- Elevation: 1,343 m (4,406 ft)
- Prominence: 999 m
- Ribu category: Spesial
- Province: Nusa Tenggara Barat
- Google Earth: kml
- Other names: Also spelt ‘Olat Takan’ and known simply as ‘Gunung Takan’ to some locals.
Olet Takan is the most prominent peak in the hilly interior of the island of Sumbawa south of the town of Sumbawa Besar. It is not yet popular with hikers and finding anyone who has been to the top remains difficult. However, the area around Ropang is incredibly scenic and it makes a great day out from Sumbawa Besar.
Olet (or ‘Olat’) is the local name for hill or mountain in Western Sumbawa. Further east in the Bima and Komodo areas the local word for hill is ‘Doro’. However, locals also refer to ‘Olet Takan’ simply as ‘Gunung Takan’. There are very few tourists in this part of Sumbawa, and the only foreigners most local people encounter are either surfers or mine workers. Indeed, expect local people to assume you are looking for gold on a mining survey if you ask for them to accompany you into an almost-unknown forest area such as this!
The simple, quiet road from Sumbawa Besar and the northern coast up to the pleasant highland valley of Ropang actually skirts round Olet Takan and reaches almost as high as 1,000m above sea level at one point. This road is, as you might expect, bumpy and pot-holed in places and absolutely fine in other places. The scenery is absolutely gorgeous and beyond the colourfully-painted town of Lantung the hill itself is quite clearly visible as a forested top surrounded by often-parched grassy or bare lands not dis-similar to the evocative landscapes of neighbouring Sumba island.
Indeed, there is even a photo spot at around 900 metres above sea level, known locally as ‘Lenang India’ where you may see folk taking pictures next to a couple of simple shelters. The road gets to within 2 kilometres of the top of Olet Takan on the northern side, but this area is sparsely populated, so finding anyone who might know a way to the top from here is challenging. It is probably possible via coffee plantations but you would almost certainly need to arrange things in advance for a good chance of success.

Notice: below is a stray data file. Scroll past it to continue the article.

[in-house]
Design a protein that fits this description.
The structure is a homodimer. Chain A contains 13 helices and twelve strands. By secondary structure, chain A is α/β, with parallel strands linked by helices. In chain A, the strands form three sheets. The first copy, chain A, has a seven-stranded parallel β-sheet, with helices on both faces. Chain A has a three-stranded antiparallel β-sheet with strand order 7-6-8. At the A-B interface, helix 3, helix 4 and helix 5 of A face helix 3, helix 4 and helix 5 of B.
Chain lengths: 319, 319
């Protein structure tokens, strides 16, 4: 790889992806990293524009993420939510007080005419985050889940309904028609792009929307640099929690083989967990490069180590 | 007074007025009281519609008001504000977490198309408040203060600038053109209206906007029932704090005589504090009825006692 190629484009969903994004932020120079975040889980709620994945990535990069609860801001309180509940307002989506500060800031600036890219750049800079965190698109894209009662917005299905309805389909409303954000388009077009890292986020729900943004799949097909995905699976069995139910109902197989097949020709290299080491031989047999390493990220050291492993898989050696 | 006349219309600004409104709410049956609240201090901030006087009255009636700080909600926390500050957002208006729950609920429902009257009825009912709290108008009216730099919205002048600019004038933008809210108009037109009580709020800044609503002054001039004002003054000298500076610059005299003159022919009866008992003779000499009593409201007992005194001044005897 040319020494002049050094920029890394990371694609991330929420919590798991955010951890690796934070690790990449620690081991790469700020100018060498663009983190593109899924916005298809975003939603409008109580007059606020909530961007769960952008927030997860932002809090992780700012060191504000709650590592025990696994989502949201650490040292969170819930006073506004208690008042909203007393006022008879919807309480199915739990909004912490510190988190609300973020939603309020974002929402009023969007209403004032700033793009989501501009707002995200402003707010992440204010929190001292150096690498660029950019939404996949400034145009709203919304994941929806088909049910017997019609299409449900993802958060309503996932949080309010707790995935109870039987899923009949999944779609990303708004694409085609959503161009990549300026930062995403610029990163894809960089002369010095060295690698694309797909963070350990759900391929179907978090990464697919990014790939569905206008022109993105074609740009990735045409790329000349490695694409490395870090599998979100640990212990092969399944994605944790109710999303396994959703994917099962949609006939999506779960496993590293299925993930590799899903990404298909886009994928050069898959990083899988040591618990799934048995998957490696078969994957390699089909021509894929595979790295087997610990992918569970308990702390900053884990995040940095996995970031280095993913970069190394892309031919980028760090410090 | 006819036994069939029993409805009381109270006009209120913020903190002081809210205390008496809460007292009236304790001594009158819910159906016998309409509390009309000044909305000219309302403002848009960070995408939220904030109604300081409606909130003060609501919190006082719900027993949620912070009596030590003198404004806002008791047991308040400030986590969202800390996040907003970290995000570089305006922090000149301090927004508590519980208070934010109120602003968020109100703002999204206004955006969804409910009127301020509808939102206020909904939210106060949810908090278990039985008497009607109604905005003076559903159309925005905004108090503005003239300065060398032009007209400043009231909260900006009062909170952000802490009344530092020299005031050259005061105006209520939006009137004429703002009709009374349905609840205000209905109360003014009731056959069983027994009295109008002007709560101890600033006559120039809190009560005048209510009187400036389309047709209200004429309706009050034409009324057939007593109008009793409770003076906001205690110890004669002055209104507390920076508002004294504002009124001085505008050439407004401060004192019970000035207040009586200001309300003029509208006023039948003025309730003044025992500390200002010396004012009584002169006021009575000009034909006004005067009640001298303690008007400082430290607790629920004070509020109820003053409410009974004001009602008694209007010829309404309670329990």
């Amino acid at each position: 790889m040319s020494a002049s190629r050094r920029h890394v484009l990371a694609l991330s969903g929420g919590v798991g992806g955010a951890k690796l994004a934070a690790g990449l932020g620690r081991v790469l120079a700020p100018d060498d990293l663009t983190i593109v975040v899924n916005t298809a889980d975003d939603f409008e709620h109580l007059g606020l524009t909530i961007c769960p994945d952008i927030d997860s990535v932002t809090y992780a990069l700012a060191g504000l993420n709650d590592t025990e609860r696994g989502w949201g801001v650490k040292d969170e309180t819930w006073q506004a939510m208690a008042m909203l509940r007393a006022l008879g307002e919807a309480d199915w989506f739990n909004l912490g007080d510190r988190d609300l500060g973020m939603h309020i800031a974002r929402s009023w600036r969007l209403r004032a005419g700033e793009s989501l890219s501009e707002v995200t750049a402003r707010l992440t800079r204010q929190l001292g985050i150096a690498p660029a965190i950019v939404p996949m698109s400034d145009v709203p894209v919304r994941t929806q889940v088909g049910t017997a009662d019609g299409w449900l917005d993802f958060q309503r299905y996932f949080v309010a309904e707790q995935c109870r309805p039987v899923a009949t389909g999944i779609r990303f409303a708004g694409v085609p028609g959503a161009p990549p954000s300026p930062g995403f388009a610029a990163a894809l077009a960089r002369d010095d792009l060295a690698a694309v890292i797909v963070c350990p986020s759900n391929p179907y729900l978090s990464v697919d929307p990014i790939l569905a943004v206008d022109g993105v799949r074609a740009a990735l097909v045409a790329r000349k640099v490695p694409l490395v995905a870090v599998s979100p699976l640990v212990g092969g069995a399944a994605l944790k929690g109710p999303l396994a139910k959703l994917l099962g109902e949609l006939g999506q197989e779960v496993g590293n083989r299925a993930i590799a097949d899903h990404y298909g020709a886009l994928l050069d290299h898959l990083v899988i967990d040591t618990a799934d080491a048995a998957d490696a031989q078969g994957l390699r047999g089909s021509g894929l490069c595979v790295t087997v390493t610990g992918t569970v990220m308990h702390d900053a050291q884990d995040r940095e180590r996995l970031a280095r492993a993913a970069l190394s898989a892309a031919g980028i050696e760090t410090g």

After skirting round Olet Takan, the road descends into the pleasant, friendly village of Ropang (730m above sea level). This flat valley has cool temperatures by Sumbawa standards and is incredibly scenic, with cattle roaming the flat valley floor, surrounded by forested peaks and covered in rice fields. During the dry season this land is utterly parched with rock-hard, brittle soil, but during the wetter months you can expect to encounter leeches in the forests here.
Sadly, on the western side of the road there is a fair bit of logging going on. The likelihood of hearing a chainsaw or two is high, but it appears not be at industrial levels of destruction just yet. Perhaps the only chance of preserving the forests that remain is by developing eco-tourism initiatives here and certainly Ropang has a lot going for it and may grow in popularity once people know about it.
The best starting point for a hike into the forests of Olet Takan from this southern side of the mountain is from the village of Desa Ranan (735m). This is about 15 minutes beyond Ropang by motorbike (remember to turn left and head east via Desa Lebangkar at the obvious road junction). Whereas if there were a starting point for the hike on the northern side you would be less than 2 kilometres in a straight line from the peak, here you are a good 5 kilometres or so.